Diese Präsentation wurde erfolgreich gemeldet.
Wir verwenden Ihre LinkedIn Profilangaben und Informationen zu Ihren Aktivitäten, um Anzeigen zu personalisieren und Ihnen relevantere Inhalte anzuzeigen. Sie können Ihre Anzeigeneinstellungen jederzeit ändern.

Meningitis

118.565 Aufrufe

Veröffentlicht am

mahesh kumar sharma AIIMS

Veröffentlicht in: Gesundheitswesen
  • Loggen Sie sich ein, um Kommentare anzuzeigen.

Meningitis

  1. 1. Management of Patient with meningitis and encephalitis Moderator: Madam Sibi Riju Lecturer CON Mr. Mahesh Kumar Sharma M.Sc. Nursing 1st year
  2. 2. Case scenario • Mr. ‘A’ a 15-year-old male was diagnosed with acute myeloid leukemia in April ’15. he received two courses of chemotherapy with partial response. • Beginning August’15, he complained about an increasingly disturbed gait due to a weakness. She also complained of fever and vomiting along with headache and drowsiness. • She also complains of nuchal rigidity and photophobia. • What is the diagnosis?
  3. 3. Meningitis.
  4. 4. ANATOMY
  5. 5. Introduction. • Although meningitis is a notifiable disease, the exact incidence rate is unknown. • In 2010 – 420, 000 deaths • In 2013 - 303,000 deaths. • It can occur as a complication of other disease and 50% is an opportunistic infection.
  6. 6. Incidence. • Of newborns, 20–30% may die from bacterial meningitis. • This risk is lower in older children. • Rises again in adulthood. • In adults, 66% of all cases emerge without disability. The main problems are deafness (14%) and cognitive impairment (10%)
  7. 7. Definition. • Meningitis (from Greek méninx, "membrane”) is an acute inflammation of the meninges. • Caused by either bacteria or virus.
  8. 8. Route of Entry in CNS • Skull or Back bone Fractures (trauma) • Medical Procedures • Along peripheral Nerves • Blood or Lymphatic system
  9. 9. Etiology. The causes can be classified into: • Bacterial Infections • Viral Infections • Fungal Infections • Inflammatory diseases (SLE) • Cancer • Trauma to head or spine
  10. 10. Pathophysiology. Bacteria enters blood stream/ trauma Enters the mucosal surface/ cavity Breakdown of normal barriers Crosses the blood brain barrier Proliferates in the CSF Inflammation of the meninges Increase in ICP
  11. 11. Bacterial Meningitis • Also known as septic meningitis. • Extremely serious that requires immediate care. • Can lead to permanent damage of brain or disability and death. • Spreads by: -coughing or sneezing
  12. 12. Bacterial Meningitis. • Treatment available : antibiotics as per causative organism. • Causative Agents: Streptococcus Pneumonia 30-80% Neisseria meningitis 15- 40% Hemophilus Influenza 2-7%
  13. 13. Tubercular Meningitis. • TB meningitis is caused by Mycobacterium tuberculi. • Infection with this bacterium begins usually in the lungs • 1 – 2% of cases the bacteria travel via the bloodstream. • Unlike other types of meningitis its progresses very slowly and symptoms are vague
  14. 14. Viral Meningitis • Also known as aseptic meningitis. • More common than bacterial form and usually less serious. • Less likely to have permanent brain damage after the infection resolves. • Treatment: No specific treatment available. • Most patients recover completely on their own
  15. 15. Viral Meningitis. • Causative agents: Enterovirus Adenovirus Arbovirus Measles virus Herpes simplex virus Varicella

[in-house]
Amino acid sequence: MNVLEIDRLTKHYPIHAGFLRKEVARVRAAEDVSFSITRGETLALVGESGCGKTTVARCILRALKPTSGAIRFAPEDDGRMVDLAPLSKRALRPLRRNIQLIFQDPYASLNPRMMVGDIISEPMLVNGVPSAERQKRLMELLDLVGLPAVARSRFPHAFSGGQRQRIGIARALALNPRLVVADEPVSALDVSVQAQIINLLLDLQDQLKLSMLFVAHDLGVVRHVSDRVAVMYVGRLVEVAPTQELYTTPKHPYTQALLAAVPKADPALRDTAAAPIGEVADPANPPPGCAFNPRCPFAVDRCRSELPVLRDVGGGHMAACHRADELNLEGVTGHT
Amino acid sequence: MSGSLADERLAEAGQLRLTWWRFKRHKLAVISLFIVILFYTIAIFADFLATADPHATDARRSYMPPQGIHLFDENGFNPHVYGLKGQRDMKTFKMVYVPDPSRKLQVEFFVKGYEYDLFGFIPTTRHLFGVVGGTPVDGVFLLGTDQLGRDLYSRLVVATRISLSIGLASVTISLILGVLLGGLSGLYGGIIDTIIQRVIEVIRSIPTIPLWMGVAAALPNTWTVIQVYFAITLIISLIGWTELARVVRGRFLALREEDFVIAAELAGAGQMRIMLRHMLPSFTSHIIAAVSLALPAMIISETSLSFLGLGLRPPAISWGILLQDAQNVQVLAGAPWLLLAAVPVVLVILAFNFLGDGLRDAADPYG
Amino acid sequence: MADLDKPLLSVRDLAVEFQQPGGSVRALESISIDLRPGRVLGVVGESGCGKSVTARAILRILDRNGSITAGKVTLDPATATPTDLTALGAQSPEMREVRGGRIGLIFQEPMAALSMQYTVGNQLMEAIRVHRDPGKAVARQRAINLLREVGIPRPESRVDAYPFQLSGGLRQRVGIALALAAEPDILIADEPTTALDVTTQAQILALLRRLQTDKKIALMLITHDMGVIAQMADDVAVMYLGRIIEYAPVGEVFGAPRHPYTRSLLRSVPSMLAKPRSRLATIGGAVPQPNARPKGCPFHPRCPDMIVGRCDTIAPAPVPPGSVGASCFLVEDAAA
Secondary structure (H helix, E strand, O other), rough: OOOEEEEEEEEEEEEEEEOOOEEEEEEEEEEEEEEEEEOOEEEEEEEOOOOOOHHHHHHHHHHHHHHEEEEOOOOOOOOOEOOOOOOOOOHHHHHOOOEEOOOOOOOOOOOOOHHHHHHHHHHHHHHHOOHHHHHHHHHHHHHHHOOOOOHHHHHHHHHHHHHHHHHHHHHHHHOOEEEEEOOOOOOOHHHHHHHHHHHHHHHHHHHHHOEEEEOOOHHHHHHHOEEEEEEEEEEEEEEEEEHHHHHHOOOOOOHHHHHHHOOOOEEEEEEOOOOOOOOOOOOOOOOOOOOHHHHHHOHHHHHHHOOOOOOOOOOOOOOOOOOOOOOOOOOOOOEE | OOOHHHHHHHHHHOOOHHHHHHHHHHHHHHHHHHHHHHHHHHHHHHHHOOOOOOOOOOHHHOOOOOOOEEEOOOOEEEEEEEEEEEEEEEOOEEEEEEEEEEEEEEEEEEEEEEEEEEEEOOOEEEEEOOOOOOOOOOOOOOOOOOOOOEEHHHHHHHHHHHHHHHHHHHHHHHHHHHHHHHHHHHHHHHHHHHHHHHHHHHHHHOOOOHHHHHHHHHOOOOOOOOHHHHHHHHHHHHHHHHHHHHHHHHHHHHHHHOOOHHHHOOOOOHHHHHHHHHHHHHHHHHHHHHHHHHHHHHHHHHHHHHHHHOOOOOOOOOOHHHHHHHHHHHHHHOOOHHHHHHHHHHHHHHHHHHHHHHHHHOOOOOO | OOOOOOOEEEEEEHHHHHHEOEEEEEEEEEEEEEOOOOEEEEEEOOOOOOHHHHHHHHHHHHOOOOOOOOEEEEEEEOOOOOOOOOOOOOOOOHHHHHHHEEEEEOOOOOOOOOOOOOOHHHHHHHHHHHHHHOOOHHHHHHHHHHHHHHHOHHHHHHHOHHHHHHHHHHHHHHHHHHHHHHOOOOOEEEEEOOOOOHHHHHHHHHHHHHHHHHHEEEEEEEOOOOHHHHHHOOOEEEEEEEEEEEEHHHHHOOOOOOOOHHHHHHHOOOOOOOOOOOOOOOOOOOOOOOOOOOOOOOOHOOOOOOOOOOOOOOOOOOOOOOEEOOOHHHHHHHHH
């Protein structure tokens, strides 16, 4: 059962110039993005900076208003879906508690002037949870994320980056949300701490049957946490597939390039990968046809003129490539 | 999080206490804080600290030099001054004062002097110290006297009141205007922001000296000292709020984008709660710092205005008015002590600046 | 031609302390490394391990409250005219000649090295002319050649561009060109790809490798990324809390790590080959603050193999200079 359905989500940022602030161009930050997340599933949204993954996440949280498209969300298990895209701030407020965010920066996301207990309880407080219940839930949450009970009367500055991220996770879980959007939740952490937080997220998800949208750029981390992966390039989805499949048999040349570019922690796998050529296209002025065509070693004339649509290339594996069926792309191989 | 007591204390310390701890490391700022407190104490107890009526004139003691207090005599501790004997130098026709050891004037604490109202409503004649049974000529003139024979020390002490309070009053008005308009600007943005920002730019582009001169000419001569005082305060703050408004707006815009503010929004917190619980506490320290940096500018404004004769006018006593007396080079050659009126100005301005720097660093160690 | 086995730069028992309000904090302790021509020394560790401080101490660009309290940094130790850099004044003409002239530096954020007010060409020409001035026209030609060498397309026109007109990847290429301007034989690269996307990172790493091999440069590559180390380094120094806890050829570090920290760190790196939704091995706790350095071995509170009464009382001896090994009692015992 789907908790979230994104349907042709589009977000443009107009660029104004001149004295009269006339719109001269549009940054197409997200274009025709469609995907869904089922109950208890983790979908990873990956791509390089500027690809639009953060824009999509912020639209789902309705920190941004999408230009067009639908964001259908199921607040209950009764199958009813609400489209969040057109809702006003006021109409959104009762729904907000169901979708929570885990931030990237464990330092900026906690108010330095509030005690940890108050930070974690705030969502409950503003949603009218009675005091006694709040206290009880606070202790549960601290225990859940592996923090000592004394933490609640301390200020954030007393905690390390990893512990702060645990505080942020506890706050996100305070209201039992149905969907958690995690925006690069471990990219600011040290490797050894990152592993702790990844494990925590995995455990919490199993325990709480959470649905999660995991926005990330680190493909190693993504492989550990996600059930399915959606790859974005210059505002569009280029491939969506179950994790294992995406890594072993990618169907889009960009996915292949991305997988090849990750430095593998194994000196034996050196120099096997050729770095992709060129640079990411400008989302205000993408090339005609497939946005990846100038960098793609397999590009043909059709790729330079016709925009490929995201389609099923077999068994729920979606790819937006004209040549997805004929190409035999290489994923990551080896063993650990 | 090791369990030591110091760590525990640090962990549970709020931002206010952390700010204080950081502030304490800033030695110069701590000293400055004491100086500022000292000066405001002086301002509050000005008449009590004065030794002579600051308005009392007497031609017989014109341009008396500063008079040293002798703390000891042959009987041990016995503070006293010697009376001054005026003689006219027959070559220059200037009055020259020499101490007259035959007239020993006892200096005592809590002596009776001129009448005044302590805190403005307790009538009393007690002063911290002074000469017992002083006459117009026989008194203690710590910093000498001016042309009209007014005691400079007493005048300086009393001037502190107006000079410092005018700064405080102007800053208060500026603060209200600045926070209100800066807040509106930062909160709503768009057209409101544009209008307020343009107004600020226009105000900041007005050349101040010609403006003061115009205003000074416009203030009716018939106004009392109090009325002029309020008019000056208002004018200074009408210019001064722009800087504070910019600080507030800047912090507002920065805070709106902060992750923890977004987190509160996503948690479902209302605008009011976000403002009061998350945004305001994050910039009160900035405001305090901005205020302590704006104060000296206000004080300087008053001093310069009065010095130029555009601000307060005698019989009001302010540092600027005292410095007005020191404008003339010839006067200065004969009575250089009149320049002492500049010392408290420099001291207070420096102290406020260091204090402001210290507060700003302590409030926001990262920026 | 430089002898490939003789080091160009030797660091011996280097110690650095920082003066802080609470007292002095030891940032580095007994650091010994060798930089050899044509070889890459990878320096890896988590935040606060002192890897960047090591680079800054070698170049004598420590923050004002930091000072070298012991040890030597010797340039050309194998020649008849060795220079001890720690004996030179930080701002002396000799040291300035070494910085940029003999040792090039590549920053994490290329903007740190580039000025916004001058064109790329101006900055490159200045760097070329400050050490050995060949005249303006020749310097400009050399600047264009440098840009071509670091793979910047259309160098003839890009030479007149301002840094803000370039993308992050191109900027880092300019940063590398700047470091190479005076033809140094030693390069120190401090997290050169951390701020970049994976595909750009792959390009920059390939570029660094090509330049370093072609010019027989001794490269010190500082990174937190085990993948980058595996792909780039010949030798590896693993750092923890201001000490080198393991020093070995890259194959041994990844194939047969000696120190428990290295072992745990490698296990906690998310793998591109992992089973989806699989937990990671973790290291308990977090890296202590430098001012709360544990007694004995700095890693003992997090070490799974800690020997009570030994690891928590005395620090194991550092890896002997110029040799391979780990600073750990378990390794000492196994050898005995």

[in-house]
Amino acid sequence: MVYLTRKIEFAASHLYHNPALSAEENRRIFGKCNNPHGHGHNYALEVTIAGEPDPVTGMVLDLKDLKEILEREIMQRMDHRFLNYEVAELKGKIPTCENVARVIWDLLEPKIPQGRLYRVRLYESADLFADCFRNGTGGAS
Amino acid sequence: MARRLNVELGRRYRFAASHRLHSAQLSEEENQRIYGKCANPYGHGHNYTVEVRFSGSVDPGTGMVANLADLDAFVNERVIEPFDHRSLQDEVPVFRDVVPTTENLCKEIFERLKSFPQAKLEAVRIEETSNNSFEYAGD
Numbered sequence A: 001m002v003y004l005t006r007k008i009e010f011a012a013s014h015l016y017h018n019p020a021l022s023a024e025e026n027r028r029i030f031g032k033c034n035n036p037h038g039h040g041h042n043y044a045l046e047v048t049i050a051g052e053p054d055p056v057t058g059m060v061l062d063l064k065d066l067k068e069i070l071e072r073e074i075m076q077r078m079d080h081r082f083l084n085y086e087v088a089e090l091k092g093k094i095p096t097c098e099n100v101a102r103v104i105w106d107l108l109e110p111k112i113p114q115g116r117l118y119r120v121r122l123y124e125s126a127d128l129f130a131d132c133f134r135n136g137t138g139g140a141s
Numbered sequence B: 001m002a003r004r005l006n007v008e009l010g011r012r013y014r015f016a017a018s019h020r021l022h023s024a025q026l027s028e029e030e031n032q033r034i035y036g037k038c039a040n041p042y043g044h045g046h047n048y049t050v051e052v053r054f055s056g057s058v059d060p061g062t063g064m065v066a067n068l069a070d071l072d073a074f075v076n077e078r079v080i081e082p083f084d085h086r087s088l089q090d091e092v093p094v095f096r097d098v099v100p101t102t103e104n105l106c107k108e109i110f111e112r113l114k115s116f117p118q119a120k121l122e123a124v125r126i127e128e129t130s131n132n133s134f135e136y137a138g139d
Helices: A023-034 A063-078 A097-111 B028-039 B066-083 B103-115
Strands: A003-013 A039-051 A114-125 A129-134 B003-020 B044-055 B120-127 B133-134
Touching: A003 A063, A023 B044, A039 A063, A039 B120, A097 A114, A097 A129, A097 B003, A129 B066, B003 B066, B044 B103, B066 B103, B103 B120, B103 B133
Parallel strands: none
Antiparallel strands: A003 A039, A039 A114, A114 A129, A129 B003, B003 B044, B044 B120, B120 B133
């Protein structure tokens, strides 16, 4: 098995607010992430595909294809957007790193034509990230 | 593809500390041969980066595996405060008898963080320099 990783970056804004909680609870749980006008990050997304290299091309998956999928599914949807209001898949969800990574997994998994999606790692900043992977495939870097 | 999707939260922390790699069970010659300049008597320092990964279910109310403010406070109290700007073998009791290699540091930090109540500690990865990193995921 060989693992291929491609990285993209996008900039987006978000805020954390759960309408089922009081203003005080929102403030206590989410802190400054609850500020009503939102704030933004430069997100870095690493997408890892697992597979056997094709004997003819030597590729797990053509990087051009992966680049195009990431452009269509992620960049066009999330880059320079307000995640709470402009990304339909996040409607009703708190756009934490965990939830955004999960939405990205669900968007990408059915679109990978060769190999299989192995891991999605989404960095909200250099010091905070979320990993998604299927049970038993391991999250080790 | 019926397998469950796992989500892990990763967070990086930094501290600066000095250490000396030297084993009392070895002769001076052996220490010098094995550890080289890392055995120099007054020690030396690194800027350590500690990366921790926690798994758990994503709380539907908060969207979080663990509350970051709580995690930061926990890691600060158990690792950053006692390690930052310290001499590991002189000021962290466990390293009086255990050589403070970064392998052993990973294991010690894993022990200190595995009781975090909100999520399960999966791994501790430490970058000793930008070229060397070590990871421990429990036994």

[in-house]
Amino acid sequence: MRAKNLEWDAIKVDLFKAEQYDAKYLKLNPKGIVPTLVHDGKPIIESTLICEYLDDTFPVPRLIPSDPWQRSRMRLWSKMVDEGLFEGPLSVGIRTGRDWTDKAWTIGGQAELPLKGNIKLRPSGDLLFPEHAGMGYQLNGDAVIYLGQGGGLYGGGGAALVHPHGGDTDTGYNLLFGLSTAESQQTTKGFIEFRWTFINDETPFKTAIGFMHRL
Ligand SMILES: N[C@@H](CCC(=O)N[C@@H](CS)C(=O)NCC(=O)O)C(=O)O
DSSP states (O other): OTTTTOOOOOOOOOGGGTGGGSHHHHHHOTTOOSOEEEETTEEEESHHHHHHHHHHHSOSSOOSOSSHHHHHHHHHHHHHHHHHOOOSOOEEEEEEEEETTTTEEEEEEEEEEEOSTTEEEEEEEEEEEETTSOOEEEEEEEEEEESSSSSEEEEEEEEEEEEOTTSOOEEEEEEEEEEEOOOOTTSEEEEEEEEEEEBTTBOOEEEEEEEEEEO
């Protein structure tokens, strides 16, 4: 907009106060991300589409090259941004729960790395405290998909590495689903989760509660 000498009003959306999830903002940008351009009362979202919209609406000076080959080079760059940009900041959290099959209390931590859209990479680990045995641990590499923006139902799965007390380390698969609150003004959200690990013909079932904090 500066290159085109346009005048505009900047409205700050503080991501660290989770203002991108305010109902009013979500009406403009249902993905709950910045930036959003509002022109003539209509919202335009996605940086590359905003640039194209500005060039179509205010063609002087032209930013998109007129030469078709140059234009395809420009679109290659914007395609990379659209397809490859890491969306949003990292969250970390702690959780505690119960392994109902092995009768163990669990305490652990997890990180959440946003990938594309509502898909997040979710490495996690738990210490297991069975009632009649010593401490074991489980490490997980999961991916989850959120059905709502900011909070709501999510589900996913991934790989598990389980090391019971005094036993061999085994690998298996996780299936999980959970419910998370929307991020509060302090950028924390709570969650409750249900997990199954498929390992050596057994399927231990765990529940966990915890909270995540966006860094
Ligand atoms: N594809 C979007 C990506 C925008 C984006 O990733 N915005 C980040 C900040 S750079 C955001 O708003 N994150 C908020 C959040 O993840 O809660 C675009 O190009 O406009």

16. 16. Fungal Meningitis • It is much less common than the other two infections. • It is rare in healthy people but it is more likely in persons who have impaired immune system.
  17. 17. Risk factors • Systemic infections • Viral RTIs • Tobacco use • Impaired Immune system • Over crowding
  18. 18. Risk Factors • Vaccinations • Seasonal:  Winter  Spring
  19. 19. Clinical manifestation
  20. 20. Clinical Manifestations. In Infants:
  21. 21. Contd.. In Adults:
  22. 22. KERIG’S SIGN • Severe stiffness of the hamstrings causes an inability to straighten the leg when the hip is flexed to 90 degrees.
  23. 23. BRUDZINKI’SIGN • Severe neck stiffness causes a patient's hips and knees to flex when the neck is flexed.
  24. 24. Assessment and Diagnosis • History taking • Physical assessment • CT and MRI • Blood culture and sensitivity • Lumbar Puncture
  25. 25. CSF finding
  26. 26. Complications. • Sensori-neural hearing loss • Epilepsy/ seizures • Memory loss • Paralysis • Learning difficulty
  27. 27. Contd. • Behavioral difficulty • Decreased intelligence • Septicemia • Death
  28. 28. Medical Management • Bacterial meningitis: Third-generation cefalosporin such as cefotaxime or ceftriaxone Vancomycin is added in the regime in case of resistance.
  29. 29. Contd.. Dexamethasone Dehydration and shock can be treated with fluid therapy. Phenytoin for seizure management.
  30. 30. Tubercular Meningitis: ATT medications are started: Isoniazid; rifampacin; pyrazinamide and streptomycin. Second line drugs: Aminoglycosides; Fluroquinolones Conventional therapy is given for 6-9 months  In children BCG vaccine offers (approx 64%) protective effect
  31. 31. Viral Meningitis: • Treatment is mostly supportive and no medicines are prescribed.  Seizure prophylaxis: Lorazepam or phenytoin or barbiturate.  Increased ICP: Inj. Mannitol 1g/kg followed by 0.25- 0.5g/kg Q6H or/and dexamethasone  Rest is advised
  32. 32. Contd In case hydrocephalus is present VP or LP shunt is required. Adequate hydration is to be maintained Antipyretics Anti emetics
  33. 33. Encephalitis.